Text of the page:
In data networking and queueing theory, network congestion occurs when a link or node is carrying so much data that its quality of service deteriorates. Typical effects include queueing delay, packet loss or the blocking of new connections. A consequence of the latter two effects is that an incremental increase in offered load leads either only to a small increase in network throughput, or to an actual reduction in network throughput.
Network protocols which use aggressive retransmissions to compensate for packet loss tend to keep systems in a state of network congestion, even after the initial load has been reduced to a level which would not normally have induced network congestion. Thus, networks using these protocols can exhibit two stable states under the same level of load. The stable state with low throughput is known ascongestive collapse.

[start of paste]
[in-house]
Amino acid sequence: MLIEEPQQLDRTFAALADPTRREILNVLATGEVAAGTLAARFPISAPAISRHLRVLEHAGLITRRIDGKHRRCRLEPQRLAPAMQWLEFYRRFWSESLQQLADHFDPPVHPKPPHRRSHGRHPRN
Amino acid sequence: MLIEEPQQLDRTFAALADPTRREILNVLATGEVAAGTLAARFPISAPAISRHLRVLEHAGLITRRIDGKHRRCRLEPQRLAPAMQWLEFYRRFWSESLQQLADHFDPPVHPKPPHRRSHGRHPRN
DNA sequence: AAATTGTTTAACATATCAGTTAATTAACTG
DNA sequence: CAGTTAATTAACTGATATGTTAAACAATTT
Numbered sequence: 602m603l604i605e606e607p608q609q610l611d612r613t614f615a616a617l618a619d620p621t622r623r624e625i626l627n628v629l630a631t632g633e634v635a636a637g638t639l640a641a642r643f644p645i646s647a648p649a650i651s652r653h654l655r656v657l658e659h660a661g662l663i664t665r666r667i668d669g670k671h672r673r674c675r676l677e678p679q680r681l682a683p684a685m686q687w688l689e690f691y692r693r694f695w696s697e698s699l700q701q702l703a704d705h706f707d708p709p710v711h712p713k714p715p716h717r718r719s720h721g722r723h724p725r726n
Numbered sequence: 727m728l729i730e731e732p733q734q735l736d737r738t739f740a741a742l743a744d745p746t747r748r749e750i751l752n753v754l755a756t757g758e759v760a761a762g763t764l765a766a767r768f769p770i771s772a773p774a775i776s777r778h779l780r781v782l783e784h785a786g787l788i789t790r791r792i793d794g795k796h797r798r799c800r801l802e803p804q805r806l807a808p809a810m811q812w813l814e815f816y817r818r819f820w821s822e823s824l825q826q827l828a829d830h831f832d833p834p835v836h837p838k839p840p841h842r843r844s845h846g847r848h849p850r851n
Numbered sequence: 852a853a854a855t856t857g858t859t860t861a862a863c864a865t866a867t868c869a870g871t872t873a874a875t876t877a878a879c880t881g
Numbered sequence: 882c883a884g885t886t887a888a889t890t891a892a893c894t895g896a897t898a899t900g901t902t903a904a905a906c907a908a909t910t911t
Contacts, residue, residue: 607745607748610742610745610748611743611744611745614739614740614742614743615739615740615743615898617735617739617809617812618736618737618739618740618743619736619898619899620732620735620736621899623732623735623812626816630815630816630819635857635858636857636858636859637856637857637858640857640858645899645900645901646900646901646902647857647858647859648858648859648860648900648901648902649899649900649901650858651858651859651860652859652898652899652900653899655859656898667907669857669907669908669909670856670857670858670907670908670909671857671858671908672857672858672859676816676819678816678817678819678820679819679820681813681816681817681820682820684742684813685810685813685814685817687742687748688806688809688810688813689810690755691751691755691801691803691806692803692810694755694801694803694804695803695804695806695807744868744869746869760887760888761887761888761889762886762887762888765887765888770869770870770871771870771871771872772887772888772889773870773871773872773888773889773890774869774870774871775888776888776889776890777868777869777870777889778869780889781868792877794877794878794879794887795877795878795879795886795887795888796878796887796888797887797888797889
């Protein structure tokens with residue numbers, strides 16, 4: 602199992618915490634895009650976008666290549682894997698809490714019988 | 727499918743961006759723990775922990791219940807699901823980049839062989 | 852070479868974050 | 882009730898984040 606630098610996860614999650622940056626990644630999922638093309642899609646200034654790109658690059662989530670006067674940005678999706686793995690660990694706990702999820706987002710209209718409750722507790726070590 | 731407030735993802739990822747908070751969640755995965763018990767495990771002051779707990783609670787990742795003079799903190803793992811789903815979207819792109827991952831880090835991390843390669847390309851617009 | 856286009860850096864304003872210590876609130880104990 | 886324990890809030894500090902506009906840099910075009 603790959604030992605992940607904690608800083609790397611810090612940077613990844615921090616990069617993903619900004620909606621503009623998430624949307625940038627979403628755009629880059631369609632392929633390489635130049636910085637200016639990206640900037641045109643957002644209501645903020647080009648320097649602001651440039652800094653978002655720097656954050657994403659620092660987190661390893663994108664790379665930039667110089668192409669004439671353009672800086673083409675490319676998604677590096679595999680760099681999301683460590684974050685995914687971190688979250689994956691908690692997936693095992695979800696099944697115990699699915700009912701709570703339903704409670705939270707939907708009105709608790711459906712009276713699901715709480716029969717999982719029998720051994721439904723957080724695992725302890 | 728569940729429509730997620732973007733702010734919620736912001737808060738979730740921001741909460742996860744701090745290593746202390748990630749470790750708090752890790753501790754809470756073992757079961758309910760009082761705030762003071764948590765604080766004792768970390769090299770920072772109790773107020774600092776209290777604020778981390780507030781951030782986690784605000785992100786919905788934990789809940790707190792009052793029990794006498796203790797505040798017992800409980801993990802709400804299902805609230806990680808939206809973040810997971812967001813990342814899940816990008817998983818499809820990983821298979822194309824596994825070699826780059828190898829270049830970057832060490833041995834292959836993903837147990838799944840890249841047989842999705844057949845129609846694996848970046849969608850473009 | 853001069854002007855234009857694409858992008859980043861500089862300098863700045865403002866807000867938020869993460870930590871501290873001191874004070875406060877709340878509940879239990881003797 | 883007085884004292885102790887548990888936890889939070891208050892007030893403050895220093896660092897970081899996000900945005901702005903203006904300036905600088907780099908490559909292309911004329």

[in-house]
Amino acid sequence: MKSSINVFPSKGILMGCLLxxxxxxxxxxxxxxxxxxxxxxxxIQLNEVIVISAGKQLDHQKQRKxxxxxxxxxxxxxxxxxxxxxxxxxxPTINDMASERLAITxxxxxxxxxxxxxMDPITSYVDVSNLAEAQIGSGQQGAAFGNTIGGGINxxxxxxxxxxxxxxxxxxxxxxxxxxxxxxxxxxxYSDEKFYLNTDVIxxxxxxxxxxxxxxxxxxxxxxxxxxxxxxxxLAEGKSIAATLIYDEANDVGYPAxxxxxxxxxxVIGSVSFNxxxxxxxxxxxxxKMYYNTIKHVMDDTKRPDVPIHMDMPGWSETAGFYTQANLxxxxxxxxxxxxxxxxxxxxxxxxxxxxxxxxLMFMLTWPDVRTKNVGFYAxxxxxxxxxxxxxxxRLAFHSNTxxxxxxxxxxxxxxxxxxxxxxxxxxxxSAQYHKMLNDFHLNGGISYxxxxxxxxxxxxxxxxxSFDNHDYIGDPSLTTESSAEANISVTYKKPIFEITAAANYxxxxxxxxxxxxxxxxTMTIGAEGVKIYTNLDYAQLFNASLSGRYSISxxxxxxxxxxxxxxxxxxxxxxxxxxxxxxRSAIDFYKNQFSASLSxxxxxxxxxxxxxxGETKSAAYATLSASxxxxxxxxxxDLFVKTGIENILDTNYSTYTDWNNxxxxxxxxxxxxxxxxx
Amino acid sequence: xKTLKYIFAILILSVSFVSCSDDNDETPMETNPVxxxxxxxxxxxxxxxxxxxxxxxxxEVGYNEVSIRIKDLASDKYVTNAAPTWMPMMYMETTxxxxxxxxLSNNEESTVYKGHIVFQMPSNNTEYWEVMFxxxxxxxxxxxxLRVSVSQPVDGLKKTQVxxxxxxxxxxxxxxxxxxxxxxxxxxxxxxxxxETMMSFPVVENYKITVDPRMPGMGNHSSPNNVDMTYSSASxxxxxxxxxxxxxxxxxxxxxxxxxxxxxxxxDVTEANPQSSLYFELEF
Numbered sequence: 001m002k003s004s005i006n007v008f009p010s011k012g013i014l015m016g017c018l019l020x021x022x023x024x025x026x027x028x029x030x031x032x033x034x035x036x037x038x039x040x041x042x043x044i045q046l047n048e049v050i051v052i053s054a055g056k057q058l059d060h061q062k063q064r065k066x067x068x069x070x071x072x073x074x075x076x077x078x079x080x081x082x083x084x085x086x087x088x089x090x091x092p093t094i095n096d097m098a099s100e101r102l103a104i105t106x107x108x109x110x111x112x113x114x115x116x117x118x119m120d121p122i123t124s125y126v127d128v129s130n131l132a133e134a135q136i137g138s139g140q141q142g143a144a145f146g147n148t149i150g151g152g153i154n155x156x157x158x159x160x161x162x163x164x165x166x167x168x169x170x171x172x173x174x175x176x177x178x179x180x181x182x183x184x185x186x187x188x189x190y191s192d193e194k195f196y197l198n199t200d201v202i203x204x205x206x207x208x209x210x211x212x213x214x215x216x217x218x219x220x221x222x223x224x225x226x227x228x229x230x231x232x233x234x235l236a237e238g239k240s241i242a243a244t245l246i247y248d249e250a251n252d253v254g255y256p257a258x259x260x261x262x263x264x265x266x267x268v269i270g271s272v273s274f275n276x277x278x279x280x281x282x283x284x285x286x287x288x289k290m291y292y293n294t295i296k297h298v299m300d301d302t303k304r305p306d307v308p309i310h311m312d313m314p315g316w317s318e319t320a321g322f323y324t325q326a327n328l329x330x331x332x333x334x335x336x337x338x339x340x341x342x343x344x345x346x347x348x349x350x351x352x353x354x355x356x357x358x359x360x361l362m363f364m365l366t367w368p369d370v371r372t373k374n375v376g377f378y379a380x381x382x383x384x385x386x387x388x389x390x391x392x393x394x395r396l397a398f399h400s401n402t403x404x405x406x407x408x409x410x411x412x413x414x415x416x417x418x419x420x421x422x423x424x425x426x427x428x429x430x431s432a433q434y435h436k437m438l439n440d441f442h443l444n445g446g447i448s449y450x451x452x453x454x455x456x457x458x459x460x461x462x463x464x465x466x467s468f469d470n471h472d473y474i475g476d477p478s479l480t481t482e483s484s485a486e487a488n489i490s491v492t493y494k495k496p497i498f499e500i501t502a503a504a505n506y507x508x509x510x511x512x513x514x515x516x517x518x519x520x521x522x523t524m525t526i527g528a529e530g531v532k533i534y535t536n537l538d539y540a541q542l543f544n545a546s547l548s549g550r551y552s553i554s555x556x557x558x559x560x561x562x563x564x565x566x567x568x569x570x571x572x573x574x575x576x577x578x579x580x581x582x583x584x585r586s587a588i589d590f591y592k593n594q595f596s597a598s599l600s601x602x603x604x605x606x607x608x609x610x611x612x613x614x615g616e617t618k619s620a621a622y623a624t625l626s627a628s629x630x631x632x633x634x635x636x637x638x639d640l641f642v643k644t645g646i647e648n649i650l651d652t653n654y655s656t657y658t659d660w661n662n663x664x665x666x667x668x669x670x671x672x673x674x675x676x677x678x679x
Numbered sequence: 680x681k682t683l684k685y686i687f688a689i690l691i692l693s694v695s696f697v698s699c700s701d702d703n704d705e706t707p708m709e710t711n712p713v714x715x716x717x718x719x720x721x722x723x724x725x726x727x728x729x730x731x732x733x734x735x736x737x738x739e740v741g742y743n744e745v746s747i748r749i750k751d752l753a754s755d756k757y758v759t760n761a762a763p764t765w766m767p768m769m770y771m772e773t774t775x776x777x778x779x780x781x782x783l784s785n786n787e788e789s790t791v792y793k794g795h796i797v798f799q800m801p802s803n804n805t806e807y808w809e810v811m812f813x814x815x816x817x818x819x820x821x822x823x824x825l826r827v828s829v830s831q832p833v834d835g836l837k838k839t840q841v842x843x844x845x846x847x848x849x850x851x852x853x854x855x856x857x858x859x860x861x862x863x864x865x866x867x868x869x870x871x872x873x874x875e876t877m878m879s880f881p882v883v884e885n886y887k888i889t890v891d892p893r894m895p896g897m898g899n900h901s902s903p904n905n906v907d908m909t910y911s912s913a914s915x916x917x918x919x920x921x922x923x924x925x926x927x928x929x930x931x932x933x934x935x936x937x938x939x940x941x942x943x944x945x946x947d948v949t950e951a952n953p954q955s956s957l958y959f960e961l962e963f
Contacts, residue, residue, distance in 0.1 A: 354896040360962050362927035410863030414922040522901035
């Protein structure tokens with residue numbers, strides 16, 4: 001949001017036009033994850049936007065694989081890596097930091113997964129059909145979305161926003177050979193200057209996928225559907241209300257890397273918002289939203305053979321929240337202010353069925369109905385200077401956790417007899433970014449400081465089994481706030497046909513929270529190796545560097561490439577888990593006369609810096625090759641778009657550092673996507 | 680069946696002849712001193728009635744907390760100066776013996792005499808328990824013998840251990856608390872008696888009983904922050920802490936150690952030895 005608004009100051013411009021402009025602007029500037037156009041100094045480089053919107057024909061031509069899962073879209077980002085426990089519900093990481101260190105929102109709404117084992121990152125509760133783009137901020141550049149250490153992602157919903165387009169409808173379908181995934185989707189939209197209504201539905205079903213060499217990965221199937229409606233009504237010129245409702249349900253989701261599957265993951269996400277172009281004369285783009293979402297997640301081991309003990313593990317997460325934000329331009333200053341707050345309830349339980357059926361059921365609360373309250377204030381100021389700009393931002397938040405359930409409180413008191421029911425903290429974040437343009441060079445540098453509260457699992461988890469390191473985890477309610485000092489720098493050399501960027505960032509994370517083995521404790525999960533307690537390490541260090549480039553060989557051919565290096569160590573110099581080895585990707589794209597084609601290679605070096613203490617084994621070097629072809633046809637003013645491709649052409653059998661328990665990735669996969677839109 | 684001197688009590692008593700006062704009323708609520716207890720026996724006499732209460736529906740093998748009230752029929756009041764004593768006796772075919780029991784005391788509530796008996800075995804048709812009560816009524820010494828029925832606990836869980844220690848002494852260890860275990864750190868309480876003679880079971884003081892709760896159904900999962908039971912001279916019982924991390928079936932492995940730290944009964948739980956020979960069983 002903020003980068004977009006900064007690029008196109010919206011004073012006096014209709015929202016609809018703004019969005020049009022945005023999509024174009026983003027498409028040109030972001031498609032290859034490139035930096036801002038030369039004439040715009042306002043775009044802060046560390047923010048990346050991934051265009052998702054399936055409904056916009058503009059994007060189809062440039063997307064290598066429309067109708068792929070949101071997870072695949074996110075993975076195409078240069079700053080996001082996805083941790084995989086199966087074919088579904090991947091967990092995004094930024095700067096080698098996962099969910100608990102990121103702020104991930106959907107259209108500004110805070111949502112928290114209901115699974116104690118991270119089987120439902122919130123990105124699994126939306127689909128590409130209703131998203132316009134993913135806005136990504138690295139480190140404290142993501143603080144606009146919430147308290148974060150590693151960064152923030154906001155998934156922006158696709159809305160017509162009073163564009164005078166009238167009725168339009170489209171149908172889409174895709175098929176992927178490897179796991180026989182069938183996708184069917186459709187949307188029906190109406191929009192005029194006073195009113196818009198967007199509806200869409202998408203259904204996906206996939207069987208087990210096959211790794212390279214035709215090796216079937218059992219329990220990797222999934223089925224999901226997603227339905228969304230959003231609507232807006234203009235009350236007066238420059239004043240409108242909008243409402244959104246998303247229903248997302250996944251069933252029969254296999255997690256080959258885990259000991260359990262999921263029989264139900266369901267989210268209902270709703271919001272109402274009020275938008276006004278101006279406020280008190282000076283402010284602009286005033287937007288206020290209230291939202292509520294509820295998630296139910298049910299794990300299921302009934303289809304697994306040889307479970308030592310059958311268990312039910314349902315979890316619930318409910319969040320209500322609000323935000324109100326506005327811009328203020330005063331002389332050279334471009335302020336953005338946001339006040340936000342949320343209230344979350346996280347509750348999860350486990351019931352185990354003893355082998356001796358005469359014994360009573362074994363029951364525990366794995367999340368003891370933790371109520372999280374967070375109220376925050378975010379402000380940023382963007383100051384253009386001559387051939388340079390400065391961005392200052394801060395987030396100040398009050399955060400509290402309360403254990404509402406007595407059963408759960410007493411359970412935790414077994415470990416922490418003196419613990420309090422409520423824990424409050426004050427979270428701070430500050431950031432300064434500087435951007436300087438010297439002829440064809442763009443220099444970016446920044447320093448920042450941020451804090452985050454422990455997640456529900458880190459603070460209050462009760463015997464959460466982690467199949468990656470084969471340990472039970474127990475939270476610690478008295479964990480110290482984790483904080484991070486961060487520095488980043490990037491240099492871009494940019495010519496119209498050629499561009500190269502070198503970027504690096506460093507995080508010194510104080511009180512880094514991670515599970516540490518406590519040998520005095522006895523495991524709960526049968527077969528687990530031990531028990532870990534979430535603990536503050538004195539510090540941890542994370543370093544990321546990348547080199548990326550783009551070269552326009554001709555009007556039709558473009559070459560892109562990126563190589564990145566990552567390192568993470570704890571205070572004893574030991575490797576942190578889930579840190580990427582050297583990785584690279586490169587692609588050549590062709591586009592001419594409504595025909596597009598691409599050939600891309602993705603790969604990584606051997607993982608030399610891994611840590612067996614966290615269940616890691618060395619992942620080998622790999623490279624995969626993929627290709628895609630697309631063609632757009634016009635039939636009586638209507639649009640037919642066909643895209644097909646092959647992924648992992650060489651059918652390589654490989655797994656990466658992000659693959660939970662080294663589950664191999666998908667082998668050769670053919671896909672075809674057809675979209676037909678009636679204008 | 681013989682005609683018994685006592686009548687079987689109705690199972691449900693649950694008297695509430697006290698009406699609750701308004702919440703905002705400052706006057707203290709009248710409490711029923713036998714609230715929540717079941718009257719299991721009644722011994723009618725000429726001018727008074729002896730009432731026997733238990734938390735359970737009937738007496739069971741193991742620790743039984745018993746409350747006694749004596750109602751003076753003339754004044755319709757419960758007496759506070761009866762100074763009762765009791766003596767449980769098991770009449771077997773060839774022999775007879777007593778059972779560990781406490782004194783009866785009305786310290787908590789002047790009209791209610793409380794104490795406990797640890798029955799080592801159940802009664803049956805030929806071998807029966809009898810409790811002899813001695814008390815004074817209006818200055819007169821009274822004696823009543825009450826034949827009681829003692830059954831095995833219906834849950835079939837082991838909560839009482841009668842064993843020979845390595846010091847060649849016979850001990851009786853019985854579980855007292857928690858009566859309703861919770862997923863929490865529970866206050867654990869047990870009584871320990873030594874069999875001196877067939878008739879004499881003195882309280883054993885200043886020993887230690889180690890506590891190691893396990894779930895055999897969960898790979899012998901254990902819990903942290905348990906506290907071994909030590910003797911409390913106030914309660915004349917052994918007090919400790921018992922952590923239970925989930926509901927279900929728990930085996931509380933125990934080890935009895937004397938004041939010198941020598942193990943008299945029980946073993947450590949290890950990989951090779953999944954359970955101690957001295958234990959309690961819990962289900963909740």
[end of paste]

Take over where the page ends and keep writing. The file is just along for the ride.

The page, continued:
Founded: 2002, Fremont, CA, USA
Key Principals: Networking Hardware and Software
Founded: 1984, San Fransisco, CA, USA
Key Principals: Networking Equipments
Founded: 2001, ON, Canada
Key Principals: Telecommunications
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